The USS Constitution is the oldest commissioned warship in service and has a full crew. Always seen sailing in the harbour during the 4th July celebrations it is a classic warship and saw service during the 1812 War with the British.
The day in late May 2007 when we visited there were large crowds waiting to view the ship which prevented us from going aboard. We had a good view from the dock and took some good photos to remind us of the visit. There are several naval museums nearby which we enjoyed.
The ship was first put in use in 1797 at a cost of $302,718 (pretty precise-huh). It had a crew of 450-500 and the length is 204 feet with the beam another 45 feet overhanging. It was built as part of six to protect the US growing shipping interests. Piracy and French & English were all not good for that growth. So these ships were to protect the US sea activity. It was designed to be the fastest on the seas, but also carry comparable cannon defense. The fame in its era was in 1812 they defeated British ships, and the hull sides held up better because of the thickness of the wood was greater. It also was involved in the Med for detering pirates kidnapping sailors and captains for ransom (Familiar with current day events). They tried to scrap it in 1829 but public outrage stopped that. and was active to early 1900's.
It was restored first in 1927, and many times since. Today some of the deck is under reconstruction to arch the deck in the middle for water runoff.
I must admit that visiting the USS Constitution wasn't on my priority list but my friends wanted to go so I followed along and again, I'm really glad I did! The USS Constitution is the oldest American warship afloat. Built in 1794-97, this beautiful ship, nicknamed "Old Ironside" because enemy fire seemed to bounce off her during battle, won her first great victory in 1812 against the British and our tour guide - who was amazing by the way - did a great job of reminding us how big an event it was for the then newly-born US Marine. Oh, the irony!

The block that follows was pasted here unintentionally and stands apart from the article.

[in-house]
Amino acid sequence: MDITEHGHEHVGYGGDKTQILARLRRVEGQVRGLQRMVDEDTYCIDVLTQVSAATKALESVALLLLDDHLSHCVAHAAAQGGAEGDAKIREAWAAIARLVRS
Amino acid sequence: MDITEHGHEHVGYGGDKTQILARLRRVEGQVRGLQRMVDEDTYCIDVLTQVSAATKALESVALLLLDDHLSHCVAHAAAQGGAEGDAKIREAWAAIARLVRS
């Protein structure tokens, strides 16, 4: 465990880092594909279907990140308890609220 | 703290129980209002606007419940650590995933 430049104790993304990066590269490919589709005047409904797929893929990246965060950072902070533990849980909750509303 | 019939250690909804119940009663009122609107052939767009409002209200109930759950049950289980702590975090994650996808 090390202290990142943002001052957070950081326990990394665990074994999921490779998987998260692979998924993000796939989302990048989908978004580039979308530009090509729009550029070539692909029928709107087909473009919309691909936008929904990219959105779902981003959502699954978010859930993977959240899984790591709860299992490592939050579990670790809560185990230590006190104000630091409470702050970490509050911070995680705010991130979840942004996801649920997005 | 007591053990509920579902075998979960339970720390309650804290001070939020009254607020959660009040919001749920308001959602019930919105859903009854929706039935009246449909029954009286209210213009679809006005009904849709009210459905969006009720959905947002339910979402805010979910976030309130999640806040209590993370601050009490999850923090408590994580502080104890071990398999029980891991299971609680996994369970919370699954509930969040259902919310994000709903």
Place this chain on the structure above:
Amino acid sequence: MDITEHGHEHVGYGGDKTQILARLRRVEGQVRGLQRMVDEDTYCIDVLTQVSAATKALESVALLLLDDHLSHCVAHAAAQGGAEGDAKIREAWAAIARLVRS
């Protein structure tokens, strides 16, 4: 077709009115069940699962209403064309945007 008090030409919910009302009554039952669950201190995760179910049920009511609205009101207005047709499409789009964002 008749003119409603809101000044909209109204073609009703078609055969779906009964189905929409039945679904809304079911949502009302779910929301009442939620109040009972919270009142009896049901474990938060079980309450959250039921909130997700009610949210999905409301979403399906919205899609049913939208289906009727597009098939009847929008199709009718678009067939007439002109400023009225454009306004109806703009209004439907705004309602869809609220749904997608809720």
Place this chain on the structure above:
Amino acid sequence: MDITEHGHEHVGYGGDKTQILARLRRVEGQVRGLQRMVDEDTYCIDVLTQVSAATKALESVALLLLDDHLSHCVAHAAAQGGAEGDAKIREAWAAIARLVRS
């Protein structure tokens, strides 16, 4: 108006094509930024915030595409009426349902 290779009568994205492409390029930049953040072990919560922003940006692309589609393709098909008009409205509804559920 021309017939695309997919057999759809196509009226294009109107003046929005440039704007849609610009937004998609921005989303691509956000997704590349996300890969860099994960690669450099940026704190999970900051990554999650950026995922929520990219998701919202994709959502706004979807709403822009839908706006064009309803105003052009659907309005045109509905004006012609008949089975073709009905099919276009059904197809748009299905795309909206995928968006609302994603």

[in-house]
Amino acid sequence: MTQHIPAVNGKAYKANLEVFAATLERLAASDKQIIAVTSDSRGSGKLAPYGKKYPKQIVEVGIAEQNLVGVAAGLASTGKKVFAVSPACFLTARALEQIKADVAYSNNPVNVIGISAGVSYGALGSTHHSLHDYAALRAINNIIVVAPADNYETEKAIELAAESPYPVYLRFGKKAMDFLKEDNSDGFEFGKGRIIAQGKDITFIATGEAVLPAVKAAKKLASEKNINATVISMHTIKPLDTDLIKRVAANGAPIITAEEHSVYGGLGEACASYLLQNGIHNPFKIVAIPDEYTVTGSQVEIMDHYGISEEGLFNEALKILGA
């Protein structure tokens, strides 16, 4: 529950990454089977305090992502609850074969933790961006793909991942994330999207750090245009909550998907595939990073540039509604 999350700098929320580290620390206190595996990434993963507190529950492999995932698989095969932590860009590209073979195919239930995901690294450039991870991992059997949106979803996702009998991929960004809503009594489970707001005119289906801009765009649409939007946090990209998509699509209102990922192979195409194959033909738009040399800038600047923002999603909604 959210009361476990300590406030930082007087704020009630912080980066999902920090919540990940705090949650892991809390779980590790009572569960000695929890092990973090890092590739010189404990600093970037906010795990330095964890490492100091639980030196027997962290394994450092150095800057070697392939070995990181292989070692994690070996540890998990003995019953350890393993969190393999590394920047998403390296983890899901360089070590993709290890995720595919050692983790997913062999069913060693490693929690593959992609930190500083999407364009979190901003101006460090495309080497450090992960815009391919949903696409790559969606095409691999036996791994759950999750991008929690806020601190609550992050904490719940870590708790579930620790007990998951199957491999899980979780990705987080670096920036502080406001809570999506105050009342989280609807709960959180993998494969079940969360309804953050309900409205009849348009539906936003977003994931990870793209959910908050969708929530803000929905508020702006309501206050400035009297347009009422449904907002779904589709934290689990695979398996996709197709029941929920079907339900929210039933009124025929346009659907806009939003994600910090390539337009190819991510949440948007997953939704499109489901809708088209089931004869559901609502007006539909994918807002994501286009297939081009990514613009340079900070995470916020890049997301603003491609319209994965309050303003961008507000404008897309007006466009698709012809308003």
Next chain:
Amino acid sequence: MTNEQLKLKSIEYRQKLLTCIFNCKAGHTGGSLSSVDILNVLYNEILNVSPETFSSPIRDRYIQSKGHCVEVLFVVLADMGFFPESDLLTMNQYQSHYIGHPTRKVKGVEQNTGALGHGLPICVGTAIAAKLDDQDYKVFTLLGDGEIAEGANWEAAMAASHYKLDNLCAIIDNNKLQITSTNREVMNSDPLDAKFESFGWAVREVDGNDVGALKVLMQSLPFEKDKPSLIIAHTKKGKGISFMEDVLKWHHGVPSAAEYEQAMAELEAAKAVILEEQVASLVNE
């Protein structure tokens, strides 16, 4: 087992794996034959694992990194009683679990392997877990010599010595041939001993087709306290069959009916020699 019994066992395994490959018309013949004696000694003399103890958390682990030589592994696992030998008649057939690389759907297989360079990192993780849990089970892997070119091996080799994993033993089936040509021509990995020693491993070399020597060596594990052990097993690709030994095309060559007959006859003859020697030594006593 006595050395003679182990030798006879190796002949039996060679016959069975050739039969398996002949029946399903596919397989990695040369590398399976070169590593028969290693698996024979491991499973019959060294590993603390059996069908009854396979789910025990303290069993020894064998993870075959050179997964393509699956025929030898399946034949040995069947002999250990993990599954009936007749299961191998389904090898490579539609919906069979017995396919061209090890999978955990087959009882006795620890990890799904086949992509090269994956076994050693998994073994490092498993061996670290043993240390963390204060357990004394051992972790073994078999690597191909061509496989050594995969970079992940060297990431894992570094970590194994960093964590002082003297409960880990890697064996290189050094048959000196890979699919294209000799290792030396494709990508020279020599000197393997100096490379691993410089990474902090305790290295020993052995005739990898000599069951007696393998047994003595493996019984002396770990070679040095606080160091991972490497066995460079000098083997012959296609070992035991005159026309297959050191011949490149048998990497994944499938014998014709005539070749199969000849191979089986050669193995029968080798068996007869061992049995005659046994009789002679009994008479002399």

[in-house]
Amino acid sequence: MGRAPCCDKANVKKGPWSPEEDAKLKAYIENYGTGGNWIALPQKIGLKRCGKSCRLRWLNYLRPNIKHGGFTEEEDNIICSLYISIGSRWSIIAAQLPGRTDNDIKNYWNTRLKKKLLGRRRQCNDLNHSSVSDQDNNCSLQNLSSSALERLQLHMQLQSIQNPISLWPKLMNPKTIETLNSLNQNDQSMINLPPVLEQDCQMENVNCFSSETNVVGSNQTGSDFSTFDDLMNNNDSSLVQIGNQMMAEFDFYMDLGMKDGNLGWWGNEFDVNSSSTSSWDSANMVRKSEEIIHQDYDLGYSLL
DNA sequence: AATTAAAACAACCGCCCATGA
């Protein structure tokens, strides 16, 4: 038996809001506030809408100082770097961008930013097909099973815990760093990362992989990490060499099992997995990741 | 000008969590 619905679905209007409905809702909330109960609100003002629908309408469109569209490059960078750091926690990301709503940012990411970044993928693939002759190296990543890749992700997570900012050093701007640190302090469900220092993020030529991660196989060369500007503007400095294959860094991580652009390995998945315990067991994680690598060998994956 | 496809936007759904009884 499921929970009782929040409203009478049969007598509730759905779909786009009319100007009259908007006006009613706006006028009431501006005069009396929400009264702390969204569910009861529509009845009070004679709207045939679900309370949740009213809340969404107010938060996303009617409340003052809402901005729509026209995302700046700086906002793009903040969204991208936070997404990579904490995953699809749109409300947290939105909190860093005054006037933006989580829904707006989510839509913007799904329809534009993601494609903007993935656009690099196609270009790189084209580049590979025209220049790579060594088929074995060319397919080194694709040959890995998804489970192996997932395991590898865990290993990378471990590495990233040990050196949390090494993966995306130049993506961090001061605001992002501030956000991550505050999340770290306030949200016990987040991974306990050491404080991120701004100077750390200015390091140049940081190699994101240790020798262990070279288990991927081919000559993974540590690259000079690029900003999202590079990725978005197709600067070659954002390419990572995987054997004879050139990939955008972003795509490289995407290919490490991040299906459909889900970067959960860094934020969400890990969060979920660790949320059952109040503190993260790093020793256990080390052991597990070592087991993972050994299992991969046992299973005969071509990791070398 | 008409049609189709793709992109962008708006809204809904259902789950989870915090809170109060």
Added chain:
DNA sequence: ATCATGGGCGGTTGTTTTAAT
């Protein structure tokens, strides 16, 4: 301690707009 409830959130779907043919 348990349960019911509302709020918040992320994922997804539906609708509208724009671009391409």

The oldest commissioned warship in the world became known as "Old Ironsides" during the war of 1812 when she fought the British Frigate H.M.S. Guerriere. The Guerriere sank like a stone, while the cannonballs she fired at the U.S.S. Constitution merely "bounced off" as if she were made of iron.
In fact the Constitution is made of a three-layer sandwich of wood from all across America. Her "ironsides" are white oak from New Jersey, New Hampshire, and Massachusetts; her frame is the dependable live oak from Saint Simons Island off Georgia; and her masts are yellow pine from Georgia and the Carolinas.
Freedom Trail Walking Info :
Continue to follow The Trail across the Navy Yard to the USS Constitution Museum. Or follow The Trail out of the Navy Yard toward Monument Square by proceeding north to Adams Street. Bunker Hill Monument is located in Monument Square.
Even for those of us not deeply interested in historical warfare, the USS Constitution ("Old Ironsides") is worth a look. The tour is free and run by current members of the armed forces, who are well-informed of its remarkable history.
I would recommend doing the Freedom Trail in two parts.
I was overly ambitious in walking the entire freedom trail in one day, but it is EXHAUSTING. It's quite a lot to take in.
Do the USS Constitution on a separate day- there's a lot to see. The free tour inside, but the museum along-side can be an hour-hour and half in itself. The video is worth seeing regarding the history of the USS Constitution, and the displays are fun for children.
Here's the most important tip of all- Take the ferry that's leaves from near the USS Constitution for a nice scenic route back... it's a way to get in both land and water without paying for those tours
The oldest and most famous warship in the US Navy. It is still commisioned as a warship and is manned by active duty US Navy sailors. Take the tour and be respectful. Watch your head. This vessel was built when the average sailor was about 5'6" tall. Make sure you check the board with the names of all past Captains of the ship. There is an unbroken string of commanders since the early 1800's.